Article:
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Syria's stonehenge - Mysterious ruins in desert could be 10,000 years old

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posted on Jun, 26 2012 @ 05:38 AM
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reply to post by THE_PROFESSIONAL
 


that photo isnt of what the article is on about its a monestry the site is not pictured




posted on Jun, 26 2012 @ 05:46 AM
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reply to post by THE_PROFESSIONAL
 


I am a bit confused by the way this is being reported. The article states "Syria's Stonehenge" and then proceeds to spout about stone circles, lines, etc. However, all i can see are some buildings on a cliff face?

Am i missing something?


That said, this is still very interesting. I would love to have the funds to go all Victorian and go on a grand tour of Jordan and Syria, looking for ancient sites (with a big case for "souvenirs"
).



posted on Jun, 26 2012 @ 05:47 AM
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Originally posted by haven123
reply to post by THE_PROFESSIONAL
 


that photo isnt of what the article is on about its a monestry the site is not pictured


Ah, cheers for that.........and the monastery is what they believe is an old Roman watchtower.........which actually makes perfect sense based on location, history, etc.



posted on Jun, 26 2012 @ 05:55 AM
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Roman watchtower from 10000 bc?



posted on Jun, 26 2012 @ 06:17 AM
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reply to post by phroziac
 


No, the monastery is built on the remains of a Roman watchtower. That would give it a time frame (in this region) of anywhere from around 40AD to around 300AD.

The site the article is talking about is actually apparently close by, rather than that pictured with the article (typical journalists, confusing the issue
).

I missed that first time as well..........



posted on Jun, 26 2012 @ 06:27 AM
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The important consideration here is whether this provides the basis for Neolithic/early bronze age burial sites that spread across Europe.

There was expansion from the core Neolithic region of Syria across the Mediterranean as far as Spain and then along the Atlantic coast to Britain, as well as expansion through Greece and the Balkans into central Europe then Northern.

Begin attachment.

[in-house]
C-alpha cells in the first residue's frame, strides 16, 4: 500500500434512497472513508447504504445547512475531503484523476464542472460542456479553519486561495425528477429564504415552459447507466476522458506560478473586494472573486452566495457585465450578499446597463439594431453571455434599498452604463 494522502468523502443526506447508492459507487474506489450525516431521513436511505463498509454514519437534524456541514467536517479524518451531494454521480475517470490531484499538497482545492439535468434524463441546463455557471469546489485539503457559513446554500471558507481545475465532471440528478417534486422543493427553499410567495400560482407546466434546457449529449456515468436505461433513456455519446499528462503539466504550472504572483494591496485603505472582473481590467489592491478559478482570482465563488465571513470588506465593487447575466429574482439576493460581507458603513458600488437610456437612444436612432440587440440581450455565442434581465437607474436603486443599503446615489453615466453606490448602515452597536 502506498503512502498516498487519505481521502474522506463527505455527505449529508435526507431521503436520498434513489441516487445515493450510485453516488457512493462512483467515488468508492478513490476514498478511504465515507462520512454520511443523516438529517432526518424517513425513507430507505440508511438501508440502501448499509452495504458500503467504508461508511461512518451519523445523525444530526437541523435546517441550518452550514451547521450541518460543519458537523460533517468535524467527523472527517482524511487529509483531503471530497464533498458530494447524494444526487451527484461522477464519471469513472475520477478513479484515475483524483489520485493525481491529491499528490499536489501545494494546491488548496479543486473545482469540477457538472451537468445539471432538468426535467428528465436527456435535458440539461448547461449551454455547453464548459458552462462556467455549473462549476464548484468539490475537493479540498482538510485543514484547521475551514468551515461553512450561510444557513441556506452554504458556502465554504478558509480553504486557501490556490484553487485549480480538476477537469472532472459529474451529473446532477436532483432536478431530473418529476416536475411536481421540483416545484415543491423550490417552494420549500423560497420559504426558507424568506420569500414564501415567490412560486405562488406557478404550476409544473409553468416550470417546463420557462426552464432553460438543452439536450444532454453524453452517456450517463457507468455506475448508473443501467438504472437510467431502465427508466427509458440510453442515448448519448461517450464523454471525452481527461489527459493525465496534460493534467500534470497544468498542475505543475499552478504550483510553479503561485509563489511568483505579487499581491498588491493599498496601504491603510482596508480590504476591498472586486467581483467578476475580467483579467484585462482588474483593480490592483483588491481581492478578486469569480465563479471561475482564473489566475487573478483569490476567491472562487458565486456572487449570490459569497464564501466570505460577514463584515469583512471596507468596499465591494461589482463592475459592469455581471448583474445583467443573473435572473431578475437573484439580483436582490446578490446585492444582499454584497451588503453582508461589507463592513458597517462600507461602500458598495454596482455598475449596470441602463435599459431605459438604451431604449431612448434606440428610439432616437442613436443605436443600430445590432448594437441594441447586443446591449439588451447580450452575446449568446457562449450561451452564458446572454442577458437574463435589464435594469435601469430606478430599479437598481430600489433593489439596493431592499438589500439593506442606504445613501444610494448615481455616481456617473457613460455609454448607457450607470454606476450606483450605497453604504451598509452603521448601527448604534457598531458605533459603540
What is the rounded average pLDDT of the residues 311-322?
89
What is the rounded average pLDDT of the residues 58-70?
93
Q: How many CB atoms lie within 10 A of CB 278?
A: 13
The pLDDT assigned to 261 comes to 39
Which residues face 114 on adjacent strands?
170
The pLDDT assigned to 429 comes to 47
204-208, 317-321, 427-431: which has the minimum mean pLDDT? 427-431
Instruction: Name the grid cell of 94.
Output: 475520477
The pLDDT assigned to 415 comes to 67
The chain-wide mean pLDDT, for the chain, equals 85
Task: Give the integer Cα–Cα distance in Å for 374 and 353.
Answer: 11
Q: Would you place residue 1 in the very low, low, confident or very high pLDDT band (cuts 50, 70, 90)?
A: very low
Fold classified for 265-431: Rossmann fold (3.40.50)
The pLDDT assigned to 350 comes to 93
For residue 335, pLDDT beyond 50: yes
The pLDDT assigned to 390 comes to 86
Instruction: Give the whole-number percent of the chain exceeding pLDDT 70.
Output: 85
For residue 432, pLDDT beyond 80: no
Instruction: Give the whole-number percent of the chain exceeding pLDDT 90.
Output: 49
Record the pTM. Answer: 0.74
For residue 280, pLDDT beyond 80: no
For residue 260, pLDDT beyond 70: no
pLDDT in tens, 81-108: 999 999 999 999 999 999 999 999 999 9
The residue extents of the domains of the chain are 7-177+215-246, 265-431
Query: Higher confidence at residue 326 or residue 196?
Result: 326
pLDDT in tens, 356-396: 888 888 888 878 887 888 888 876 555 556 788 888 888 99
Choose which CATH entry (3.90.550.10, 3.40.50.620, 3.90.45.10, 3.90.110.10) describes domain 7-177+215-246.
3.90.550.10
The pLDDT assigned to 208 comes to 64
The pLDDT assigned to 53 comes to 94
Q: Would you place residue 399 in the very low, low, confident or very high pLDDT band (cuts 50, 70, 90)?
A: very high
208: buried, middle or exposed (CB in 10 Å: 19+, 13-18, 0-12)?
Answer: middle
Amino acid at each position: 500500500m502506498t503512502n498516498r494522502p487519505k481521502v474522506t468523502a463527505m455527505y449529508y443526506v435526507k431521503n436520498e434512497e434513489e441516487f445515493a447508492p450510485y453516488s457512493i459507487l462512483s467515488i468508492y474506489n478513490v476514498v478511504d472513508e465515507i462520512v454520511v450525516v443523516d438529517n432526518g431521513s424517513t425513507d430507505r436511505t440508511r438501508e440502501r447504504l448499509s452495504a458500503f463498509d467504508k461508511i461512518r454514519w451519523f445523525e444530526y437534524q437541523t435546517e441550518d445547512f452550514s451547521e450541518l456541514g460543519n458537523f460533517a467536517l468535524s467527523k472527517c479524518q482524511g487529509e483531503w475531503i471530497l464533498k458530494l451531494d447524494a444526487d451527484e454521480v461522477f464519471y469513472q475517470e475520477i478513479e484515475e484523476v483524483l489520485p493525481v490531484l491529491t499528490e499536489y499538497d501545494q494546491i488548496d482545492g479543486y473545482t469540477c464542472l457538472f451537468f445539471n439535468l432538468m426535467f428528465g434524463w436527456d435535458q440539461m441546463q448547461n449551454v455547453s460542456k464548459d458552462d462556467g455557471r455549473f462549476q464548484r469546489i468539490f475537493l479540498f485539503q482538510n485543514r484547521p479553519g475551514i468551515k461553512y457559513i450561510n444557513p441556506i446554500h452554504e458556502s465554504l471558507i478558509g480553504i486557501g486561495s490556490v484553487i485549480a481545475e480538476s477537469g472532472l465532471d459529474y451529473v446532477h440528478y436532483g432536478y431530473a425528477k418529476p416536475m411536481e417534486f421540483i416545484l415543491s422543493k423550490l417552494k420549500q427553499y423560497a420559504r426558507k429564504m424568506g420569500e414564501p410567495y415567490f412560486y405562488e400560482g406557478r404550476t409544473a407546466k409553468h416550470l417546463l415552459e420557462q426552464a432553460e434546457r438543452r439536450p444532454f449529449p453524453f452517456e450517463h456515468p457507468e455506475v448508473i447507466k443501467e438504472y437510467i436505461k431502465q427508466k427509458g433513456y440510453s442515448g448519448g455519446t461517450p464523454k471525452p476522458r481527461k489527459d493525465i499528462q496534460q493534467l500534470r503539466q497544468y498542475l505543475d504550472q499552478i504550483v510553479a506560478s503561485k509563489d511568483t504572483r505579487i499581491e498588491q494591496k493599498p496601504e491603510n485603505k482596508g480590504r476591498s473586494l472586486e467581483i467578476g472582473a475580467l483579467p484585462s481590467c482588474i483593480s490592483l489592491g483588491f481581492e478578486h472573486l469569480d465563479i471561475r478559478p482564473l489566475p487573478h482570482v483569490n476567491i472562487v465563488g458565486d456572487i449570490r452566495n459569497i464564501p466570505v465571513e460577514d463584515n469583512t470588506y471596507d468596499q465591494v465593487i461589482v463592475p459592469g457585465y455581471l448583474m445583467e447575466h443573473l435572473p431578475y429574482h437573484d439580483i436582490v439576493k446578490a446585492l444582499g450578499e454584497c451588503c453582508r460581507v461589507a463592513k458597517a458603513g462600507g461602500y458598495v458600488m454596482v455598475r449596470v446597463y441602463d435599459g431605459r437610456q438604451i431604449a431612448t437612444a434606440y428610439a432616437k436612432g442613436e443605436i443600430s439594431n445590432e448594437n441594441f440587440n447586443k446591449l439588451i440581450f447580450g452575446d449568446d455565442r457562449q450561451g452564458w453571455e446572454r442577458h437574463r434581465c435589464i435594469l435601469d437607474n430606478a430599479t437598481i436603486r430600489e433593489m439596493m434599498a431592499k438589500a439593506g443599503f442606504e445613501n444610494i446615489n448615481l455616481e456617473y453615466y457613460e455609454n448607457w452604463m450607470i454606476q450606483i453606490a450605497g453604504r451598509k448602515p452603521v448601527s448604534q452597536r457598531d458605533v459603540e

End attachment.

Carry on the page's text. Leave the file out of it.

There were developed cities in Syria that pre-date the pyramids and stonehenge so date wise no surprises.


en.wikipedia.org...







Dr. Mason has an idea that goes a step further. He says that this site “sounds like Western Europe” and he wonders if this could be an early example of the stone landscapes seen at places like Stonehenge.

Dr. Julian Siggers of the Royal Ontario Museum, another Neolithic specialist, pointed out that it has been argued that agriculture spread from the Near East to Europe. This find creates a question - could these stone landscapes have gone with them?


It’s, “such an important hypothesis if it’s right that it’s worth telling people about now,” said Mason. “We’ve found something that’s never been found in the Middle East before.”



heritage-key.com...



posted on Jun, 26 2012 @ 06:39 AM
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I think the Daily Mail are playing fast and loose as usual, especially with the date. The Independent reports...


Dr. Mason explains that he “went for a walk” into the eastern perimeter of the site - an area that hasn’t been explored by archaeologists. What he discovered is an ancient landscape of stone circles, stone alignments and what appear to be corbelled roof tombs. From stone tools found at the site, it’s likely that the features date to some point in the Middle East’s Neolithic Period – a broad stretch of time between roughly 8500 BC – 4300 BC.


www.independent.co.uk...

I think, as the above poster has stated, that these structures, which are clearly associated, and part of the Neolithic Package that spread from the fertile crescent, must be fairly common in the region, they are just not as well documented. Yet.

Here are some satellite images from the Syrian desert showing numerous possibly neolithic sites.

sites.google.com...

And we also have documented reports of stone circle in Iran.

www.jasoncolavito.com...



posted on Jun, 26 2012 @ 07:30 AM
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reply to post by Biliverdin
 



There is also Karahunj in Armenia, in fact it is interesting to compare the patterns of the Syrian stone circles to the Armenian petroglyph motifs from sites such as Metsamor.



www.viewzone.com...


edit on 26-6-2012 by Kantzveldt because: (no reason given)



posted on Jun, 26 2012 @ 07:39 AM
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Originally posted by BulletShogun
Looks nice. I wonder what we could learn from this.


Now that's simple. Lesson learned:

If you take away everything from a mountain that does not resemble a city, you will have left a mountain that resembles a city.